There’s a reason why Venice Italy is one of the most instagramed locations in the world. Besides the turquoise canal waterways, dreamlike architecture and friendly locals, Venzia’s picturesque nature runs as deep as her age old tales of Marco Polo and Casanova. Undoubtedly you’ve heard of the numerous problems this city endures on a daily basis such as: rising water, overpriced rent and throngs of pushy cruise ship patrons. Don’t let the bad rap deter you from experiencing one of the most unique locations Italy has to offer, simply plan accordingly!
I spent three days wandering the streets of Venice last year with a group of friends. We took the high speed rail from the posh city of Milan and arrived in Venice in a few short hours. Little did we know that our first sight of the city from the train station would bring tears to our eyes! I will always remember how that first glimpse of the Grand Canal felt more surreal than real. Due to the acqua alta (rising water) there is no guarantee Venice will be around for our children and grandchildren to see, so be sure to stop and take it all in! With three full days under our belts we merely scratched the surface of these intriguing islands.
St. Marks Square
Venice is absolutely teeming with history and worm holes into the past. St. Mark’s Square is the bustling heart of the island and home to the famous St. Mark’s Basilica which houses the remains of the city’s patron saint, Saint Mark. This square is packed shoulder to shoulder with tourists during the day and even more so when a cruise ship is in port. If you are staying on the island, visit the square in the early evening once the cruise ship passengers have returned to their respective ships.
If a tour inside the Basilica is on your itinerary, book a private tour well in advance; this will secure you skip-the-line access which will save you hours of precious time. A dress code of covered shoulders and knees is required for all inside access. The basilica boasts the treasures of the crusades, tomb of Saint Mark, a boulder from Galgotha, a golden Pall and an ancient baptistery. Native Catholic Venetians can still be baptized inside the basilica. Don’t be surprised if you see spots of standing water inside the church, some say it’s the heaviest location on the island which makes it prone to flooding.
Doge's Palace & Bridge of Sighs
Immediately to the right of the Basilica is the Doge’s Palace and the Bridge of Sighs. The Palace was home to the Doge of Venice who essentially acted as the City’s ruling body in the 1800’s. If you committed a crime in Venice your case would be tried before the Doge, who would either grant you pardon or sentence your guilt. After prisoners were sentenced they were escorted across the enclosed foot bridge to the prison. Local lore claims many prisoners paused on the bridge, took their last look at the city of Venice, and let out a heavy sigh knowing they would never see their beloved city again; thus the coined named “Bridge of Sighs”.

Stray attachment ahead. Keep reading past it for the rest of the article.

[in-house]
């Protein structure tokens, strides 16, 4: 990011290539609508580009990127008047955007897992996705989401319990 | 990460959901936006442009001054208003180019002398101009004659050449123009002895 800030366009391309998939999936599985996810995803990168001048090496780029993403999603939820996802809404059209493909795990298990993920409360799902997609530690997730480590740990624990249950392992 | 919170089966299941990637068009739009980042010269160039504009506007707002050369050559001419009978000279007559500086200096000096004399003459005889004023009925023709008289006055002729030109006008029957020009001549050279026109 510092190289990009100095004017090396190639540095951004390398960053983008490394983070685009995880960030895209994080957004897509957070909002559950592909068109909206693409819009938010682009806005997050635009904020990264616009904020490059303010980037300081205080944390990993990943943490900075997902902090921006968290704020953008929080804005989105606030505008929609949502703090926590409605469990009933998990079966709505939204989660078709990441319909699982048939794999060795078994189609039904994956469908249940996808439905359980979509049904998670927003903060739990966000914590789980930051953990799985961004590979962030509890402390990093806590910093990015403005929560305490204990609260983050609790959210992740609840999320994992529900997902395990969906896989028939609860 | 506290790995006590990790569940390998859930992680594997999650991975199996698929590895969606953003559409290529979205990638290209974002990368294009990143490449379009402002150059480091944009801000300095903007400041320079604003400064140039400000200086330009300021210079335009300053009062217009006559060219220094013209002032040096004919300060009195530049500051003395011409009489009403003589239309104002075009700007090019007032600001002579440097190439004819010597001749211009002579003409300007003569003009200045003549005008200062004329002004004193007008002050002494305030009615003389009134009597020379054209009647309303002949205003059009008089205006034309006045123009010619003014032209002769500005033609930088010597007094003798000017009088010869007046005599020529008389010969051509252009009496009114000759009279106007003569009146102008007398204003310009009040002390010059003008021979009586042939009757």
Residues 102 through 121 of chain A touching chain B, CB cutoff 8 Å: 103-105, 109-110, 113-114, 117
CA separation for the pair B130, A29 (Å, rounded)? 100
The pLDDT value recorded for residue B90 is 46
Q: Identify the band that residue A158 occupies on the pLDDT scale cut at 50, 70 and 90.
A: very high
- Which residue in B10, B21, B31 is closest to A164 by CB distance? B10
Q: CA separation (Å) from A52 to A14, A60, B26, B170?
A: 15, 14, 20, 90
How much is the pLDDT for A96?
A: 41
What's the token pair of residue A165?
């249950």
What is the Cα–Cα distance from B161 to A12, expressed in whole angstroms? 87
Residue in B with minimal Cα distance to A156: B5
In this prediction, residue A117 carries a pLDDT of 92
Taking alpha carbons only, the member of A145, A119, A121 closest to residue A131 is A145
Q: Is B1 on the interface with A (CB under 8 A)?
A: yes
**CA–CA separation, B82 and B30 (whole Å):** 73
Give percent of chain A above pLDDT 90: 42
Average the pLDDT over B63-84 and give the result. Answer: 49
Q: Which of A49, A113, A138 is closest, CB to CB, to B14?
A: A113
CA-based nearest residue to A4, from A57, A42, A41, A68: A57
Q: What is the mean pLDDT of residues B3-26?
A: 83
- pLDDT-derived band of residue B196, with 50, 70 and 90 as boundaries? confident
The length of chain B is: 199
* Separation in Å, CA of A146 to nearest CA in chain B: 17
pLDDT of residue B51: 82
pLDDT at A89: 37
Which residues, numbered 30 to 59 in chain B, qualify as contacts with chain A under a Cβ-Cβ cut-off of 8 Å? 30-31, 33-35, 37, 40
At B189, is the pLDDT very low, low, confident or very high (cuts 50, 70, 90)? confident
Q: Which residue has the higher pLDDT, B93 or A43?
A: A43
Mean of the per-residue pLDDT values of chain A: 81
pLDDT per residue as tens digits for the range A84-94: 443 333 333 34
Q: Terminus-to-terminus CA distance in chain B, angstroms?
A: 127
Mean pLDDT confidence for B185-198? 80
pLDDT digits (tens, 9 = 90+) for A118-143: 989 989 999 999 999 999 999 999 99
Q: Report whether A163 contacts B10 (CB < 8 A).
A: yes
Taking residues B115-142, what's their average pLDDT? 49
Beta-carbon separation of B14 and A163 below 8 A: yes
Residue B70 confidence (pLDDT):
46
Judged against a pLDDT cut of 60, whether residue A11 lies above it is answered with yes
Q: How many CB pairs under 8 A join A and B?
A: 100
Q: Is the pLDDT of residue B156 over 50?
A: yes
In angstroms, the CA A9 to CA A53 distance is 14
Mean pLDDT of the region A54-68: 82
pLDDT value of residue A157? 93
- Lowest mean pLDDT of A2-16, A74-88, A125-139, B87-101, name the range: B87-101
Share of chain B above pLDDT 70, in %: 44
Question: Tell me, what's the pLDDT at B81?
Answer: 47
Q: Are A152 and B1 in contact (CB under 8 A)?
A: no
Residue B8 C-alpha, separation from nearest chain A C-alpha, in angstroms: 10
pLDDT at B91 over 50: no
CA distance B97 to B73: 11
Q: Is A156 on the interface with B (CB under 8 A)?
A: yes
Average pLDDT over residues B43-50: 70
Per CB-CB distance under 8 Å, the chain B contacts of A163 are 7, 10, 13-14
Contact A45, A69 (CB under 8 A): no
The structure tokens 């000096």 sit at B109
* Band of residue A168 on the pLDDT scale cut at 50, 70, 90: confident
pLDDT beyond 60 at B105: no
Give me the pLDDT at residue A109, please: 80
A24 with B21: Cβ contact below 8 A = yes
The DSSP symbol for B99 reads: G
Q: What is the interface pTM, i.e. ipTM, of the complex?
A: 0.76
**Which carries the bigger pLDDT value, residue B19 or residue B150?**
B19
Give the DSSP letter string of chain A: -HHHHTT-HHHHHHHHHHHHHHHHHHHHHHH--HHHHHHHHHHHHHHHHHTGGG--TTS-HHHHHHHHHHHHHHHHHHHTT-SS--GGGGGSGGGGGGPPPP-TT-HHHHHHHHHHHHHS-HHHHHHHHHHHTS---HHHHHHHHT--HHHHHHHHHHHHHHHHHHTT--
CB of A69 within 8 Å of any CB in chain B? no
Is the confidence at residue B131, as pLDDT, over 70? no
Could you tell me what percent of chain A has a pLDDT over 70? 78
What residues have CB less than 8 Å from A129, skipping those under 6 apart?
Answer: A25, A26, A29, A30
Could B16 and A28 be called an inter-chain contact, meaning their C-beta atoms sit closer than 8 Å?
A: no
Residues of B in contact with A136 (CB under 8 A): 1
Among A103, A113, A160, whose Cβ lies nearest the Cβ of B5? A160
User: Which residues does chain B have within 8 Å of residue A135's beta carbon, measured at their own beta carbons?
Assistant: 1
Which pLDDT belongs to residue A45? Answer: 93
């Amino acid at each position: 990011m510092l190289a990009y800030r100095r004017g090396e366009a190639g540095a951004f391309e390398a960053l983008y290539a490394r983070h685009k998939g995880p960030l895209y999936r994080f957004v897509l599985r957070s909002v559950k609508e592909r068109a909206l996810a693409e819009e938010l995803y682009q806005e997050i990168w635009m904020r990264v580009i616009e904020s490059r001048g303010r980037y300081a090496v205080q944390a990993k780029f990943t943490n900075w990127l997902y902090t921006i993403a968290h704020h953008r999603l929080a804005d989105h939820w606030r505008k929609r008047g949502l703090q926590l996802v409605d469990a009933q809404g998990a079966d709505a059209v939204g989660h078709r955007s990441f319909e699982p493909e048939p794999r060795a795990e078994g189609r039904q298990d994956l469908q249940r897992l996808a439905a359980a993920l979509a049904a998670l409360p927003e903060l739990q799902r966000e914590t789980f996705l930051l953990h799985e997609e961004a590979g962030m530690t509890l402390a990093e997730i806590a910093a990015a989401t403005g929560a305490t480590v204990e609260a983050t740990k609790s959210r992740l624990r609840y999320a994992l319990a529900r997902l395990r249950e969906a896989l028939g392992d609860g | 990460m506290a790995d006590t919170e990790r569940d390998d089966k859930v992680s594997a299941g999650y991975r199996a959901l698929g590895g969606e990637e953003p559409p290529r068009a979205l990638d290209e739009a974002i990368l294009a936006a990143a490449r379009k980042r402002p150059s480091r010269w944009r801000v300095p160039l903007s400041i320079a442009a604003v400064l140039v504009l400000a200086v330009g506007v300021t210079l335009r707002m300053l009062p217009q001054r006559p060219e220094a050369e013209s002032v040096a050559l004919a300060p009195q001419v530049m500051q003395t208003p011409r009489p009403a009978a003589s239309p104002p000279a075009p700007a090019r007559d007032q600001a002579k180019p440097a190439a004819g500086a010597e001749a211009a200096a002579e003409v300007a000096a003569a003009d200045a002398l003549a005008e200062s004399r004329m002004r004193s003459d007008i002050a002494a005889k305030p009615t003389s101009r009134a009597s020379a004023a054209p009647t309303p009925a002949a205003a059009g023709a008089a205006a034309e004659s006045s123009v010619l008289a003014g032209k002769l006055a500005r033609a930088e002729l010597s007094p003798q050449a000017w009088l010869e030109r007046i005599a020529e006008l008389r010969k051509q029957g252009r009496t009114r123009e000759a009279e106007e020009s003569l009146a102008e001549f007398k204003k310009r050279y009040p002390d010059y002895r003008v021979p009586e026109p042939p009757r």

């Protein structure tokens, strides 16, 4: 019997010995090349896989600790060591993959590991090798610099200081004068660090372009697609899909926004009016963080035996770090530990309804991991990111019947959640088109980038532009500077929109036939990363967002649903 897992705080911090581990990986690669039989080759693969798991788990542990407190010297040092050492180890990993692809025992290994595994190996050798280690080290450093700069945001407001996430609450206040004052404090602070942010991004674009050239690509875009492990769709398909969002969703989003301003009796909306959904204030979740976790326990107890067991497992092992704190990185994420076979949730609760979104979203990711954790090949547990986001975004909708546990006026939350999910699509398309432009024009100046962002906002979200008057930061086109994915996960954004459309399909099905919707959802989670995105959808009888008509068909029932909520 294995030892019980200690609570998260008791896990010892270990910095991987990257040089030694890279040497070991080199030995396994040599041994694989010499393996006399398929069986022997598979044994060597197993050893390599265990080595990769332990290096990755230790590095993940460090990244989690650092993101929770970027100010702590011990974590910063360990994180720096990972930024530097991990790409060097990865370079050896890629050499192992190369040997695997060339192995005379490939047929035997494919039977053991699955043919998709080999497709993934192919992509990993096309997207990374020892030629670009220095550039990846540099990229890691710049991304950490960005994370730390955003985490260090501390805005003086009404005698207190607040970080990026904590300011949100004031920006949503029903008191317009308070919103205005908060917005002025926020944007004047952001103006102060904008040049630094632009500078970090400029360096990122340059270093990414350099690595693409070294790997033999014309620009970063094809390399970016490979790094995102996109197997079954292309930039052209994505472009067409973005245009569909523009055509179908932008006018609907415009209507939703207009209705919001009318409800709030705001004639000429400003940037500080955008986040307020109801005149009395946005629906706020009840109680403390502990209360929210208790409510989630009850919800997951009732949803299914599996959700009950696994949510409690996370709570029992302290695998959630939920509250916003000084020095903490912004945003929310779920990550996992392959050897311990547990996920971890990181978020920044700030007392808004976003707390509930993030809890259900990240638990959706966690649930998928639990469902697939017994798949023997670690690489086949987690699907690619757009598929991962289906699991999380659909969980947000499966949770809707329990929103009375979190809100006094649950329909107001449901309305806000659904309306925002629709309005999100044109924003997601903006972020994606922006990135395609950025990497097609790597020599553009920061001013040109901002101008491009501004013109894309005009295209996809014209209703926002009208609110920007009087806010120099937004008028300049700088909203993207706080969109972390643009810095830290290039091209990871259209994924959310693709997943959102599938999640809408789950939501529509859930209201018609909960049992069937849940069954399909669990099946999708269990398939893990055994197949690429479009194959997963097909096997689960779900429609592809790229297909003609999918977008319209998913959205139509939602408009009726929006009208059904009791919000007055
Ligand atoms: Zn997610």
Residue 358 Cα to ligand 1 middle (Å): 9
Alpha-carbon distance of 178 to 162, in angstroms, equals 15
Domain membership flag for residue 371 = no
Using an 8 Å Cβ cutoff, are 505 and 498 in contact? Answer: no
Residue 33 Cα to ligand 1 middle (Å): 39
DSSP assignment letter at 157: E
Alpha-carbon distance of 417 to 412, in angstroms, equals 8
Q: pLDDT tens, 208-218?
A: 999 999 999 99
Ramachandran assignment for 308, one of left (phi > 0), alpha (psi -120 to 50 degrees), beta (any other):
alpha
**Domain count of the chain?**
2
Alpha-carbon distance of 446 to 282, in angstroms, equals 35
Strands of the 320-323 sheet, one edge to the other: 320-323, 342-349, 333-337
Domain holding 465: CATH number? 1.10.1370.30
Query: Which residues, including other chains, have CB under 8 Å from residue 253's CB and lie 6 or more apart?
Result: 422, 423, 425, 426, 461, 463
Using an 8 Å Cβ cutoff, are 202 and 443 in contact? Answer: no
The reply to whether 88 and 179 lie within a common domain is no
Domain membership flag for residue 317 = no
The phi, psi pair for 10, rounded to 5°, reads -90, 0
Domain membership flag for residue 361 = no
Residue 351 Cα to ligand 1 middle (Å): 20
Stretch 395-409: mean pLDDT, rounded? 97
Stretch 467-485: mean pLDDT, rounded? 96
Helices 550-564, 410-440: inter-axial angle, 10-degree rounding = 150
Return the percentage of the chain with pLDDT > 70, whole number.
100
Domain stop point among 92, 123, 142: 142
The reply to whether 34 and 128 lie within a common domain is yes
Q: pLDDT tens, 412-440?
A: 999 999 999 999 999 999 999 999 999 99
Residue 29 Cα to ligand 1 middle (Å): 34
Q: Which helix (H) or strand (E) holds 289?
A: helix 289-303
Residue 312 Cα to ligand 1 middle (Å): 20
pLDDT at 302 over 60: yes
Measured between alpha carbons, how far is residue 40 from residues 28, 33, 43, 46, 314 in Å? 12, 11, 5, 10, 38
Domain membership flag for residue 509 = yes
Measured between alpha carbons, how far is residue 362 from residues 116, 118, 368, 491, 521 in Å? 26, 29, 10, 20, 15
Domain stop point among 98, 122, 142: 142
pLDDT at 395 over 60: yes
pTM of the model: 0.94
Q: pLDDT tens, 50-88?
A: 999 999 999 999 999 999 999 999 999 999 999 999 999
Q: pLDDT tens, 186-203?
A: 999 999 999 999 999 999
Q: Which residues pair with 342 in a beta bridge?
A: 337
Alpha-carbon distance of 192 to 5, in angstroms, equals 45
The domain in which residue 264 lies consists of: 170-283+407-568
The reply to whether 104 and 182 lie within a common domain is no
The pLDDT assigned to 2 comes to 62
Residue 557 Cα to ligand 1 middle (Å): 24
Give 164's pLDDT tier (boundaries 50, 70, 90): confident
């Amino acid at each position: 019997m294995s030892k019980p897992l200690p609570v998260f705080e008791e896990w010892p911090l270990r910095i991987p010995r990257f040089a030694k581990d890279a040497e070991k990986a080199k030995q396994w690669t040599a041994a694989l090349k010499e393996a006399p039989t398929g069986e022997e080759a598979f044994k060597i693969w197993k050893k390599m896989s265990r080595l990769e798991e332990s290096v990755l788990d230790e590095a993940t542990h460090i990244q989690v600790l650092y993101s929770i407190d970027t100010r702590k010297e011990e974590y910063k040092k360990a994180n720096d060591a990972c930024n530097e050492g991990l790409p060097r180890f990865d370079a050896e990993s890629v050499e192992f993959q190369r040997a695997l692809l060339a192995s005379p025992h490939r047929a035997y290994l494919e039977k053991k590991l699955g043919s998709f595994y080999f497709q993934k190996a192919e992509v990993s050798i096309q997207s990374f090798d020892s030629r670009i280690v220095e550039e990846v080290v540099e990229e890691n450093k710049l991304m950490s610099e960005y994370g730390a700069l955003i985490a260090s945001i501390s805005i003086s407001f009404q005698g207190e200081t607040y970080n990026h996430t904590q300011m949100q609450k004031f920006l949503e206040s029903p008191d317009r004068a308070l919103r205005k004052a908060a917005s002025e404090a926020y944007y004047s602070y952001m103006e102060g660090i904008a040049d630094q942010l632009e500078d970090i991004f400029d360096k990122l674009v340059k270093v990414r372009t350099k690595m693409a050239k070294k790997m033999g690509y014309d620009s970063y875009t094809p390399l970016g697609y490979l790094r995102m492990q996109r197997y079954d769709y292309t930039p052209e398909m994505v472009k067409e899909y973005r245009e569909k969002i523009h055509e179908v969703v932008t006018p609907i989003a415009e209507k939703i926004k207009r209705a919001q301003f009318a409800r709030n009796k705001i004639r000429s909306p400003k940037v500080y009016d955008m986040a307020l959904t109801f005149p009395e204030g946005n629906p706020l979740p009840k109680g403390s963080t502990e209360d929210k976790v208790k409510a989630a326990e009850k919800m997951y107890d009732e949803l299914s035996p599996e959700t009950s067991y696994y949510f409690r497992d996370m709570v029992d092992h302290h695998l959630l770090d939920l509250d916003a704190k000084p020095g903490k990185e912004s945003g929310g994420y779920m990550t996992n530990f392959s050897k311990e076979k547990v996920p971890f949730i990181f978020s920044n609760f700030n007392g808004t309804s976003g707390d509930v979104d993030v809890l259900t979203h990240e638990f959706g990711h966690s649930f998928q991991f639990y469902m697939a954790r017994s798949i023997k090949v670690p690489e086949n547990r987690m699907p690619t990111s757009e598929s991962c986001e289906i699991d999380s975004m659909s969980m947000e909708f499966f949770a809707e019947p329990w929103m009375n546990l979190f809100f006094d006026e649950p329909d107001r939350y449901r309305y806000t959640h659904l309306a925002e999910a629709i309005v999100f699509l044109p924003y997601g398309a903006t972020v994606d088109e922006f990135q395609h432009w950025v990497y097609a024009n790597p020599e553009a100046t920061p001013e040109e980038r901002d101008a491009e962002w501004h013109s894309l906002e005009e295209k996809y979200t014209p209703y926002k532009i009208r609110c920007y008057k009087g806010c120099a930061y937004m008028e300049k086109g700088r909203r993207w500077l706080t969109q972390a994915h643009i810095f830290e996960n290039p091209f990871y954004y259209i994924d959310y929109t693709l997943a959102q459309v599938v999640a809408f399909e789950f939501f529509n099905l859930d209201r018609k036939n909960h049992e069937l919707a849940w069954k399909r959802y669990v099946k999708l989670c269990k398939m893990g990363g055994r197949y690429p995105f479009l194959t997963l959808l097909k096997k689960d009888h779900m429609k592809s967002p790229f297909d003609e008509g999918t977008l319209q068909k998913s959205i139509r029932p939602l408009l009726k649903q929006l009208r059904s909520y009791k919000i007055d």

The Doge’s Palace and attached prison are worth a visit for first timers. The palace is adorned with period Venetian style and paintings. Stop on the Bridge of Sighs and take a look out before you descend into the eerie cold prison. Admission lines can be long, especially during times of inclement weather. If you plan on seeing the Correr Museum, Ca’ Rezzonico, Casa de Carlo Goldoni or the Murano Glass Museum look into the “Venice Museum Pass.” The pass pays for itself with admission to 11 attractions and grants you priority skip-the-line access.
The Peggy Guggenheim Collection
Outside of St. Mark’s Square you will find yourself in a labyrinth of streets, bridges and alleyways (read: lost). While googlemaps.com is a good resource locating your general whereabouts, you will find it offers little to no assistance in some areas. That’s OK! Embrace getting lost in Venice as part of your adventure, some of the fondest memories I have of my time in Venice was simply being lost. The Peggy Guggenheim Collection is just one of those places where being lost is obligatory to finding its entrance.
At the tip of the St. Mark’s Basin is the world renowned Peggy Guggenheim Collection. You may recognize the name from the Guggenheim Family’s many museums and art collections. The venue is rarely crowed and it’s easy to purchase an admission ticket the day of your visit. However, admission is not covered in the aforementioned Museum Pass.
Libera Acqua Alta
If you have been following me for any appreciable amount of time, you will be familiar with my love of books. Venice was no stranger to my obsession and is home to a few surreal little bookstores. My personal favorite is Acqua Alta or ‘High Water.’ Conveniently located near the Jewish Ghetto and Marco Polo’s home this makes a great stop while hoping through districts. If you are in the Castello District pop in, peruse the Italian books kept in a bathtub and a canoe. Be sure to venture out the back door and climb the tall stacks of old books and peer over the canal below, you will be glad you did!
get outta town.
One newsletter a month on the full moon.
After your fill of bibliotheca at Acqua Alta venture north to the Jewish Ghetto. This quant district is where most of the Venetian natives call home. During the day, this area is a quiet refuge from the crowed St. Mark’s Square & Rialto Bridge and offers many off the beaten path eateries and picturesque flower lined balconies. Grab a table al fresco, have an aperitivo and watch the afternoon go by.
Speaking of aperitifs… there is no better place to do a bacaro crawl for vino and cicchetti than Venice! Italy was literally the birth place of “happy hour.” Don’t miss out! Carve out some time to walk my tried & true wine and cicchetti cantina crawl.
“The poetry of the earth is never dead.” -John Keats